Ahead of Stornoway’s first visit to Kingston last Thursday at McClusky’s indie-night New Slang, drummer Rob Steadman, 22, chatted with Kingston Courier about their new album Tales from Terra Firma.
The Oxford band are playing at numerous venues throughout February and March, and their Kingston gig marked the end of the first half of their tour. McClusky’s nightclub offered a very different atmosphere from the venues they usually frequent, having played at impressive sites such as London’s Somerset House and Glastonbury Festival. However, this dramatic change did not seem to faze the band.
Rob, who, at the time, was preparing to perform at Oxford Town Hall, said: “We are always up for different types of venues and new things. We started out in pubs and clubs in Oxford, So it’ll feel like home.”
Supporting the band was soloist Laura J. Martin, who Rob described as “quite amazing”. He praised the Liverpudlian, who had to deal with a brief power cut during her New Slang set, saying, “She uses loads of loop pedals and plays the mandolin and flute. She has got an incredible voice and an amazing sound. It is great to be able to watch her every night.”
The band, conmprised of Rob, his older brother Oli on bass, lyricist and guitar player Bryan Briggs, and keyboard player Jon Ouin, have been dubbed the ‘British alternative indie folk band’ on numerous occasions. Rob told us that, although this was an apt depiction of their first album, Beachcomber’s Windowsill, their new album may need a different description.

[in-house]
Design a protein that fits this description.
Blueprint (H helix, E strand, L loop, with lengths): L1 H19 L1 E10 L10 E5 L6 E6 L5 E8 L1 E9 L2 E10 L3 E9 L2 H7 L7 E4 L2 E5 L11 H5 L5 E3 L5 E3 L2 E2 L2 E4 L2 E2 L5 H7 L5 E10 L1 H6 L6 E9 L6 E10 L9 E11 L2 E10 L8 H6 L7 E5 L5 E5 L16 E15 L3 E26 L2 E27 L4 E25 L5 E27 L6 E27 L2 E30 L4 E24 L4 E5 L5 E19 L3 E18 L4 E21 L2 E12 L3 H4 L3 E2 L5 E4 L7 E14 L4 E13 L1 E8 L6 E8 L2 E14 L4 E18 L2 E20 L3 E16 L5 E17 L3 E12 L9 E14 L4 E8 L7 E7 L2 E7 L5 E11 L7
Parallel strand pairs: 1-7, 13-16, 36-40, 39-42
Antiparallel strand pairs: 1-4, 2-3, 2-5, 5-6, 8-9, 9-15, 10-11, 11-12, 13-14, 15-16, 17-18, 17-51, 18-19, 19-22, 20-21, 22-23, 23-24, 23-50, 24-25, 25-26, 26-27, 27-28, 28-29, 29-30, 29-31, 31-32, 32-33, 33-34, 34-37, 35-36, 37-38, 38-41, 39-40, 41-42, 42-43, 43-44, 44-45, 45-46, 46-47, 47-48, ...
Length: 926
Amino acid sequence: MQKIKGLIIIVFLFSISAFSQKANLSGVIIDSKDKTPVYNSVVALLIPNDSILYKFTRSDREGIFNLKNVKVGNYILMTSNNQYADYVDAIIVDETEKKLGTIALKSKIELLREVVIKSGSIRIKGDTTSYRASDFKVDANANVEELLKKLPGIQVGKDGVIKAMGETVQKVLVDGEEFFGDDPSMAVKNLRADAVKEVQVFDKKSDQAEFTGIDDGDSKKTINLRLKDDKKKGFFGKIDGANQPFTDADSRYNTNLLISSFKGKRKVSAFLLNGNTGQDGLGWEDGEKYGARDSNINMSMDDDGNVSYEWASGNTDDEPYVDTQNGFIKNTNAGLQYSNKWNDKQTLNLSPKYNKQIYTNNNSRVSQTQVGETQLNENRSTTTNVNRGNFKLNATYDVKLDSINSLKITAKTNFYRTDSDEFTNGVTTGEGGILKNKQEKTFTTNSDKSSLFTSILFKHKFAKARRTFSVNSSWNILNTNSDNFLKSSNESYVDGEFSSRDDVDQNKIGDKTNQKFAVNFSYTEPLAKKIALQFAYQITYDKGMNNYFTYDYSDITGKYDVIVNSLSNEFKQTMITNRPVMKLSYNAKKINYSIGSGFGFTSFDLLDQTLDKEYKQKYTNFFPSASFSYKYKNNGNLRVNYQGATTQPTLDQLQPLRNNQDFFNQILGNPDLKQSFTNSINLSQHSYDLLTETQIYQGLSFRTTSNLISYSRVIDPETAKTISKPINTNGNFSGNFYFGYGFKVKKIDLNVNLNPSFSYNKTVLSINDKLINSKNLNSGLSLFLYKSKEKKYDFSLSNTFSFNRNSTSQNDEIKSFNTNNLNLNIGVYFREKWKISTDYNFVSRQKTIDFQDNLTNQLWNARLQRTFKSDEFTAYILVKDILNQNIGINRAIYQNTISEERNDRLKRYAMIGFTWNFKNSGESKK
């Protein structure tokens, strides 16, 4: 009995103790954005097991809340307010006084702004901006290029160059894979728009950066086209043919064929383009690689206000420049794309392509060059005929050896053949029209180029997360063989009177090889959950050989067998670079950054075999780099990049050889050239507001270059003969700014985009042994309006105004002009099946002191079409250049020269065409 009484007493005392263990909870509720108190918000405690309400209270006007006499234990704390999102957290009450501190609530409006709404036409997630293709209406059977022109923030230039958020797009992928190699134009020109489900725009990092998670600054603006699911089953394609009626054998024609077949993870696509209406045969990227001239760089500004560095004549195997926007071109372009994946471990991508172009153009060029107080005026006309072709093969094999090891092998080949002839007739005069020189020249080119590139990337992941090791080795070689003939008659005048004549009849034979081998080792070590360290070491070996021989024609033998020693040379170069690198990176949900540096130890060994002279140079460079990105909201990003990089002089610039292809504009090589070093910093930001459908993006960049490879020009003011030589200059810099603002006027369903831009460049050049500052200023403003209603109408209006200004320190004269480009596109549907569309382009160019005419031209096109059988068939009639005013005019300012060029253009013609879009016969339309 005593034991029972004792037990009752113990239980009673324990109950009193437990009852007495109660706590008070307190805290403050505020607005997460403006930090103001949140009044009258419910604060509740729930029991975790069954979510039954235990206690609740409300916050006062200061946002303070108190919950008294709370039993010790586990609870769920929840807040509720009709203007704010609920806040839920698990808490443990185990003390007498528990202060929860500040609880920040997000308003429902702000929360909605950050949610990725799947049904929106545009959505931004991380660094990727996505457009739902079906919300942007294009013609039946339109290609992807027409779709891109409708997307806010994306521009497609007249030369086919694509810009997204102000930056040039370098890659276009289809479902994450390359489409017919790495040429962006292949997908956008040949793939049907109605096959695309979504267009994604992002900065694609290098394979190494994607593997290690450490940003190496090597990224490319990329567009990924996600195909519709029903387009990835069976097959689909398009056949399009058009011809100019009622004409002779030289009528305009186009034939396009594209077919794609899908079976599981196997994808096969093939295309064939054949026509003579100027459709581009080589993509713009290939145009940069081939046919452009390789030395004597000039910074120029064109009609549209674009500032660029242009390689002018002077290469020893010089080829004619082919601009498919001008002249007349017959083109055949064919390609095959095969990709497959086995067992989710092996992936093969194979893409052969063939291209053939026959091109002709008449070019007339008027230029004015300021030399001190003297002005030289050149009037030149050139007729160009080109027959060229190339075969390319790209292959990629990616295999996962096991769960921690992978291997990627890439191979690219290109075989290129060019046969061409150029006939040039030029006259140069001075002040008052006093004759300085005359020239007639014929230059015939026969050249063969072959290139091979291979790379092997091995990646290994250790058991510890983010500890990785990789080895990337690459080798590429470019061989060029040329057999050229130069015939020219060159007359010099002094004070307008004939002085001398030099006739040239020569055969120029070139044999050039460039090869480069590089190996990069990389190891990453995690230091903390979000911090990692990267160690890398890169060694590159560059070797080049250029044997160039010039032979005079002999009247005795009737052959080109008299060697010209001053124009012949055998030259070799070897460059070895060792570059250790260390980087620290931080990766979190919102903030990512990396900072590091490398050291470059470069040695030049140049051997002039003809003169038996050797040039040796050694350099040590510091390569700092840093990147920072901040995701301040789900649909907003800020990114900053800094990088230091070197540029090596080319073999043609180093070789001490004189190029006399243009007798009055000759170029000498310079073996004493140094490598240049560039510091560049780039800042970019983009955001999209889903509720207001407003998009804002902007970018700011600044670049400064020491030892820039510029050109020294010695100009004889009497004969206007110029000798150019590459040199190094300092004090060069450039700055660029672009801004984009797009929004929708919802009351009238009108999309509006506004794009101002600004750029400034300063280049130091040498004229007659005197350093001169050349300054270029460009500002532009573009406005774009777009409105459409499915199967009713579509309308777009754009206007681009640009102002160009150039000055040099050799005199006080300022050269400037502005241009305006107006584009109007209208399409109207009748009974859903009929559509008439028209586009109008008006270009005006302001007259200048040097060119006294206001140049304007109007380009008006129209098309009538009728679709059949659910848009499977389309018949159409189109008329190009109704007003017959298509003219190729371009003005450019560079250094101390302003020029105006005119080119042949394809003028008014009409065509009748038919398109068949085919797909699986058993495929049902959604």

He said: “We feel that it is more soulful in the emotion and the atmosphere of it. It is uplifting and emotional, but certainly a departure from the very pop based, indie music of the first album. It has matured slightly.”
When considering if he still believes their genre to be ‘folk’, or if the move towards soul is more apparent, the drummer told us: “It is soulful, but obviously we are always going to have a folk element in there. Often a band is called ‘folk’ just because someone is using an acoustic guitar. But Brian uses an electric guitar on quite a few of the new songs, so it is a bit of a departure from it in that sense. But the songs are still telling stories and that is what folk music is all about.”
The band’s use of sound on the new album also differs significantly from the first, after the band explored new instruments and sounds. “The most striking difference to me is the instrumentation. We have used instruments like the kanoon and I play auto-harp. On one of the tracks we do a spoon solo. Oli spent a lot of time exploring electronic music and so he incorporates a lot of that into it. The end product has a much cleaner sound but we still recorded the entire album by ourselves in our garage, using basically the same microphones as we did for the first one.”
This eccentric mix of sound goes as far as including ‘crunching leaves’ in the song “Farewell Appalachia”. Rob explained: “It is reminiscent of a time when Brian went walking in the Appalachian trail. We used the sound of crunching leaves and of chopping wood to recreate that feeling of walking, very isolated, through the forest.”